This blog was suggested by a student of mine. I obliged.
There are lots of better and longer posts and books on writing. These are some of the things I've learned from them, as well as from projects I've done, whether they be academic or creative. Also, I am someone who works better when I am making a lot of things. Not everyone is. Take this advice with that particular grain of salt.
Make (and keep) appointments. This has got to be the most important thing: to make stuff, you have to show up and make it. I set up times in my week that I have to sit down and work on stuff, whether that means setting aside a couple of mornings to write before work, or meeting up with some students who have homework and working on my stuff while they work on theirs. These appointments have to be real, as in, very difficult to break. If you are making a practice of creating (as in, not only trying to complete one project but planning on creating more afterward, even if they are nebulous) these appointments need to be daily. If you are wanting to start a blog or something of a similar size, weekly appointments are probably fine.
Inspiration happens when you're already moving. "Inspire" initially meant "to breathe into." As with exercise, creating starts off anaerobic, and becomes aerobic when you keep going. You'll get inspired when you are making the thing. Give your creative lungs a reason to breathe in. You can edit out the clunky stuff later. Your ideas also need a chance to breathe. Don't stifle ideas until you've given them a shot at being alive. Some ideas are stupid. Some great ideas don't sound great at first. Both you and your ideas will get there once you start to move.
Writing is rewriting (the SFD). Anne Lamott calls it the "sh**ty first draft." Diana Glyer calls it "the Discovery Draft." When I text, I call it "the SFD." This is the draft that has one purpose: to be done. It's not great, and in fact it's okay if there is not a single piece of the SFD that can remain in its current form
Break Projects™ into smaller projects. When I'm writing a short story, I have to give myself space between writing the first draft and starting the process of revision. Editing also needs to come after another break. Basically, "write a story" is too big. "Write an SFD" is just right. Find realistic stopping points for yourself that give you motivation to finish the project and also permission to breathe.
Bricks and birds. Writing an entire page is a challenge. Writing a sentence is a little easier, especially when you know you can go back and make the sentence smart. Anne Lamott discusses this in her book on writing, Bird By Bird. I also remember Nehemiah telling the people living in Jerusalem not to worry about rebuilding the whole wall, and to just work on the wall right in front of their house. Brick by brick, bird by bird, the thing will get done.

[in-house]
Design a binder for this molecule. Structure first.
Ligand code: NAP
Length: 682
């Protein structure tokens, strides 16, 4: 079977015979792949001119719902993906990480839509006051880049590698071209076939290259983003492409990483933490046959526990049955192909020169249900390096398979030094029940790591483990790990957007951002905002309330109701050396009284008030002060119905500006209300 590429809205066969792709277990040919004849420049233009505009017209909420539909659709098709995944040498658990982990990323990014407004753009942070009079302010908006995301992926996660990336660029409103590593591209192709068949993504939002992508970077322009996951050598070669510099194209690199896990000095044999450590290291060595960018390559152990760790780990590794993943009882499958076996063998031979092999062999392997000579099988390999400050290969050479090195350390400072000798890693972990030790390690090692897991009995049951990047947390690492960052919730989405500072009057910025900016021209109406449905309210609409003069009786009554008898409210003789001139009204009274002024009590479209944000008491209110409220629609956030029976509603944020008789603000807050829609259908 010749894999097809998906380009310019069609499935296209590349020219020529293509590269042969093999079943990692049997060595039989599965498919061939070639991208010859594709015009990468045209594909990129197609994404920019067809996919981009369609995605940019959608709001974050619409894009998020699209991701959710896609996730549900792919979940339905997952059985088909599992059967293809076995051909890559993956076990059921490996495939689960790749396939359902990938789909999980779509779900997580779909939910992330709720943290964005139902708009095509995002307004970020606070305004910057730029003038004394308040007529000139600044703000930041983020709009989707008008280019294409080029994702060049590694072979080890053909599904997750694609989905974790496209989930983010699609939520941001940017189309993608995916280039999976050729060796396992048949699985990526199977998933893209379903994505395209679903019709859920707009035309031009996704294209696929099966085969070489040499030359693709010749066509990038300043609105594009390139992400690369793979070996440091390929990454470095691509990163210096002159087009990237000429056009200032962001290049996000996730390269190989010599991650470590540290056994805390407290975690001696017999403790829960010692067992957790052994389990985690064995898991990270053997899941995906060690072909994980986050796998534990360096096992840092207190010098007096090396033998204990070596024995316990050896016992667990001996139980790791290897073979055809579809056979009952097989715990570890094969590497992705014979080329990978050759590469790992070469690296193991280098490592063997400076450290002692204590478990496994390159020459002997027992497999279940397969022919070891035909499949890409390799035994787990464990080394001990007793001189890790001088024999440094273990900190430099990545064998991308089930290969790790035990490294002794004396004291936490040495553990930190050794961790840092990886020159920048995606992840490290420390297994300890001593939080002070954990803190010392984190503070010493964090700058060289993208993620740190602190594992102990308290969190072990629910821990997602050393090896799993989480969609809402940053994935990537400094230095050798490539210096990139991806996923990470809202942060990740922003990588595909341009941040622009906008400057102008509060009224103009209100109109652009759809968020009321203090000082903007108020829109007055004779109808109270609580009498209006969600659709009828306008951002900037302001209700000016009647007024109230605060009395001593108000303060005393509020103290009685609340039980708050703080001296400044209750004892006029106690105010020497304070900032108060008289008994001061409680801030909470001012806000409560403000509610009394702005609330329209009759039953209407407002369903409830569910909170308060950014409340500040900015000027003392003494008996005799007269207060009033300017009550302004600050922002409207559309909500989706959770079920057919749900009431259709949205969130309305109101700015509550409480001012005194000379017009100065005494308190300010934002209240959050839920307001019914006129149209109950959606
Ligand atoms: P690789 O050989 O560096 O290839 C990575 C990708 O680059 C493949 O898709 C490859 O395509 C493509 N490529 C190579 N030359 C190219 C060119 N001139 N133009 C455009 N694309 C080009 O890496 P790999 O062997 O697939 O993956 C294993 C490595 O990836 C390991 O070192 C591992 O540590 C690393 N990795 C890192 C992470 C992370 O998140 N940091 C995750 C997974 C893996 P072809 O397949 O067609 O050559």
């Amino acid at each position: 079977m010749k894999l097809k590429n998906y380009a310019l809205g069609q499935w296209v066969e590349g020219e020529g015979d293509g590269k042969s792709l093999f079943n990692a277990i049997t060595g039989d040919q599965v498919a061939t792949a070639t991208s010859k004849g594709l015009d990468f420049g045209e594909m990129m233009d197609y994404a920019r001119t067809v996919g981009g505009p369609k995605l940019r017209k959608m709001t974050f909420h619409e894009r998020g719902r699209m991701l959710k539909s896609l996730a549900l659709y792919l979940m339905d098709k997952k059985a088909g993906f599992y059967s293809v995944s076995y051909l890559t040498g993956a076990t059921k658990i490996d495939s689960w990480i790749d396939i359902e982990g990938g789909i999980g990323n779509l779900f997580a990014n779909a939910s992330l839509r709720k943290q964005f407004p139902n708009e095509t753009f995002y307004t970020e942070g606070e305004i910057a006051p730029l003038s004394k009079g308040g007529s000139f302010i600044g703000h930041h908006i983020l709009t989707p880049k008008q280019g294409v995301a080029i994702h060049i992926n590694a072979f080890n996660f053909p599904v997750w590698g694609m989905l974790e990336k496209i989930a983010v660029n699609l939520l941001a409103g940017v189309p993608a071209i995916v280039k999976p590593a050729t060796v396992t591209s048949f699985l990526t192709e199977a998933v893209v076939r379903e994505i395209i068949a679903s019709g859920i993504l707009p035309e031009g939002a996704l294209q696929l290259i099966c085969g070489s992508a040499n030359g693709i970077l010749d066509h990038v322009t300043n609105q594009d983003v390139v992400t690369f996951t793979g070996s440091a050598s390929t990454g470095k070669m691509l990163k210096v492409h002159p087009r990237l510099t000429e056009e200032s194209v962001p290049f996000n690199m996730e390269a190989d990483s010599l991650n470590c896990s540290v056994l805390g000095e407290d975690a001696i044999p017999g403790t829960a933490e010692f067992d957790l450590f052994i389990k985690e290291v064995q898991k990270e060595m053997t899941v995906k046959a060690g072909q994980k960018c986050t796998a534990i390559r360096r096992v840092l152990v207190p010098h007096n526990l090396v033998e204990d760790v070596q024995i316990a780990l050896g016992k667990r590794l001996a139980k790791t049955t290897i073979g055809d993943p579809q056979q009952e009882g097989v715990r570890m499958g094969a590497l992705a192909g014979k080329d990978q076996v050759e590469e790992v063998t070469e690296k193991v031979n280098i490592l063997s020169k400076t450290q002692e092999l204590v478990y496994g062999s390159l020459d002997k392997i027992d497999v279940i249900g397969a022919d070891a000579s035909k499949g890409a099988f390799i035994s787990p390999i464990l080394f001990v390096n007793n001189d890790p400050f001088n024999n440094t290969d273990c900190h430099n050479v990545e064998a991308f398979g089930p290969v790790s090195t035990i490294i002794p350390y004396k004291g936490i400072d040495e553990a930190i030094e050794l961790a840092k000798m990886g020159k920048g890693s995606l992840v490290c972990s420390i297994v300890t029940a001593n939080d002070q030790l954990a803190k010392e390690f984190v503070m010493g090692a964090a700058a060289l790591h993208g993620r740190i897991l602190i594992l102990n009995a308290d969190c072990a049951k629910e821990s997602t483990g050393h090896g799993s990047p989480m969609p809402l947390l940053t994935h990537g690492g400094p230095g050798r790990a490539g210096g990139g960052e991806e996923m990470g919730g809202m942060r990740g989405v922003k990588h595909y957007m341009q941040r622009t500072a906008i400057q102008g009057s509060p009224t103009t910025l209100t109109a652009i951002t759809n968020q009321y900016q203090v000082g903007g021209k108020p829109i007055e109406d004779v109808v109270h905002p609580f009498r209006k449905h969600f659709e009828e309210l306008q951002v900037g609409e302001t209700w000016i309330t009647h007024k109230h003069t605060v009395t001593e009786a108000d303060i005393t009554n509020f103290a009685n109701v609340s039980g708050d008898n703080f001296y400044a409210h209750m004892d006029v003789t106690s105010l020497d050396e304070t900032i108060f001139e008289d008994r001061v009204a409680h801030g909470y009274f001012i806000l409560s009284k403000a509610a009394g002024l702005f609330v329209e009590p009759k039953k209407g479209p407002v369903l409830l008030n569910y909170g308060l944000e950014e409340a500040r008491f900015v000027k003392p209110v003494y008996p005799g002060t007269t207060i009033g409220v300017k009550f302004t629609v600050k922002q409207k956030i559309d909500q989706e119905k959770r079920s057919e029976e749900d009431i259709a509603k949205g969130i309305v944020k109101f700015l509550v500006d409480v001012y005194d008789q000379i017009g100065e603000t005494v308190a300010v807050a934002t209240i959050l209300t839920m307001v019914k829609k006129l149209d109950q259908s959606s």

Rotation. I write in a lot of genres and despite some well-intended concern from several interested parties, it doesn't seem likely that I am going to settle one just one. After some trial and error, I've found that switching genres every month works for me. It lights a fire under my butt to get to a stopping point within a month, and it also gives me a light at the end of the tunnel. When I finish a month-project early (which happened in both April and May) I have the option to either start the next month's work, or take a break until the new month. In April, I brought three smaller projects (all of which were in various stages-- only one was a concept at the beginning of the month) to completion. This month, I did a big project and I'm letting me rest.
Basic health is creative health. There's no such thing as someone struggling to function who is also making really spectacular art. They're working on the good days (or good enough days). I don't revise well when I'm sad. I don't write well when my stomach hurts. Take care of your body.
Accept that you can't create un-resourced. Absorb art in your medium. Read. Look at paintings. Listen to music. And then do that 100 more times. I've found that I need to read about 80-100 pages of writing to really turn out a page I'm proud of (in the end product).
The Good Talk Ratio. If you talk too little about a project, you might feel like it's not worth making. If you talk about it too much, your brain will believe the work is already done. Figure out the people in your life who care enough about your work to hear about it and will push you to get it done.
Get the feedback. Find people who will be honest about your work and help you make it better. You'll need encouragement. You'll need opposition. You'll need hugs. Find the people who can give the right kind of feedback to make you make stuff better. Once the SFD is done, it's time to make a better draft. And another. And another. Also, your feedback people will be able to tell you when to take your claws out of the work and let it breathe. I have a friend who edits most of my fiction and non-fiction during at least two stages of the process. When she says a story is done, I know it's done. For more on getting the right kind of feedback, read Bandersnatch by Diana Glyer.
Believe it's worth doing. You want to make things. Make them! The world needs more reckless optimism; it needs more people making stuff because they want to. To create is healing, in the most painful way. Be brave! Make the thing. Set the alarm in your phone: tomorrow's the day I write the sentence, draw the first line, take the first photo, edit the first frames. It's gonna be great. Make sure you stick with it long enough to see it.
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